History is part of a holistic, interdisciplinary approach to food studies. Knowing where our food comes from chronologically is just as important as knowing where it comes from geographically. Historical forces bring our food to the table and shape the agricultural practices, labor arrangements and cultural constructions that make meals possible. We will read, research and write food history to explore the ways in which the history of food has shaped our world today, paying careful attention to structural inequalities that restrict food access. We will examine ways in which contemporary questions and problems inform historical inquiries and vice versa. Readings and projects in this course will typically focus on one geographic region but as a class we will be taking into account global connections and influences. The course material is organized both chronologically and thematically, with subthemes such as race, urbanization and industrialization. Students will learn about historical methodology and apply it to their own research.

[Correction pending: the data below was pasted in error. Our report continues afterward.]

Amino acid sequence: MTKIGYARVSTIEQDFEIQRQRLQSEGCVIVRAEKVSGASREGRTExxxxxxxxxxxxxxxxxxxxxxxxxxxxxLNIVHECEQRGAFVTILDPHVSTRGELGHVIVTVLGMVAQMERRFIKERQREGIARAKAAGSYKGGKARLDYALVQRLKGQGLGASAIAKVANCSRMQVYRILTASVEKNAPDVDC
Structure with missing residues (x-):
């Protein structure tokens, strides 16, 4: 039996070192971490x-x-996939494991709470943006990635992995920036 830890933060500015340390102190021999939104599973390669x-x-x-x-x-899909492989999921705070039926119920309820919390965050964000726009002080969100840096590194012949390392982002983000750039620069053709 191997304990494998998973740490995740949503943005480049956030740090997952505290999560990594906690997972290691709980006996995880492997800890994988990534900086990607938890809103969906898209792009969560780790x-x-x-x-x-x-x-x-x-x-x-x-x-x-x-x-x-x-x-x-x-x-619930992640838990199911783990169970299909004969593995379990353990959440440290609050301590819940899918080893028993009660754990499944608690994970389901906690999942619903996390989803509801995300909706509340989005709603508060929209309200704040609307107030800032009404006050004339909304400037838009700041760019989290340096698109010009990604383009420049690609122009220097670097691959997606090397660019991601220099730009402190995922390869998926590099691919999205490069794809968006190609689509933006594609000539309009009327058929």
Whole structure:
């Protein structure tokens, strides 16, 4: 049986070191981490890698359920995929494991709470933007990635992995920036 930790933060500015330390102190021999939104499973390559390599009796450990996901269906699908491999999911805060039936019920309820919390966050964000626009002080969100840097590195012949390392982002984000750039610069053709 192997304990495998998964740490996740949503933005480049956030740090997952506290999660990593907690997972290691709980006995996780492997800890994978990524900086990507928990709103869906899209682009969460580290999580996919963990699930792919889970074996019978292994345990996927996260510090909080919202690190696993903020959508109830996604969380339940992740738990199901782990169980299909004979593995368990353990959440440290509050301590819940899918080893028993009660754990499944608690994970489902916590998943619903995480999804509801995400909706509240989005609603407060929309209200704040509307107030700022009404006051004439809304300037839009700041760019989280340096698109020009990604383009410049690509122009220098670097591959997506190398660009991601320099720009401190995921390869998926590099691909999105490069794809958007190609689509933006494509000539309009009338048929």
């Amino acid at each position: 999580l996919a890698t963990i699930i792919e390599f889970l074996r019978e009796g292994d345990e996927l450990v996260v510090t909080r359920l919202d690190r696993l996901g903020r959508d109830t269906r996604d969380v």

• MET ML 625: Wild and Foraged Foods
    Humans have been foraging for food since prehistoric times, but the recent interest in wild and foraged foods raises interesting issues about our connection to nature amid the panorama of industrially oriented food systems. From political economy to Traditional Ecological Knowledge (TEK), this course explores how we interact with, perceive, and know our world through the procurement of food. Students take part in foraging activities and hands-on culinary labs in order to engage the senses in thinking about the connections between humans, food, and the environment.
  • MET ML 626: Food Waste: Scope, Scale, & Signals for Sustainable Change
    Food waste is a hot topic but not a new one. Some wasted food is the sign of a healthy system-- if there were exactly enough calories produced to meet each of our needs, there would be mass starvation, riots, and hoarding as we all scrambled to get our share. But by some estimates, food loss and waste account for nearly 40% of the food produced. How much wasted food is too much? At the same time this food is wasted, food insecurity is everywhere, even on BU's campus. Is all wasted food "trash?" Need it be? Why is food wasted and where along the supply chain is it wasted? What are the ethics of donating surplus food/waste/trash of those who have too much to those who don't have enough? This hybrid course explores the history, culture, rhetoric, and practicalities of wasted food, from farm, through fork, to gut (is overeating a form of food waste? What about wasting micronutrients by converting them to ultraprocessed foods?). Each week includes readings, discussion, application activity; and several weeks will include a guest lecture from a food system practitioner. Students will develope practical solutions in a final project.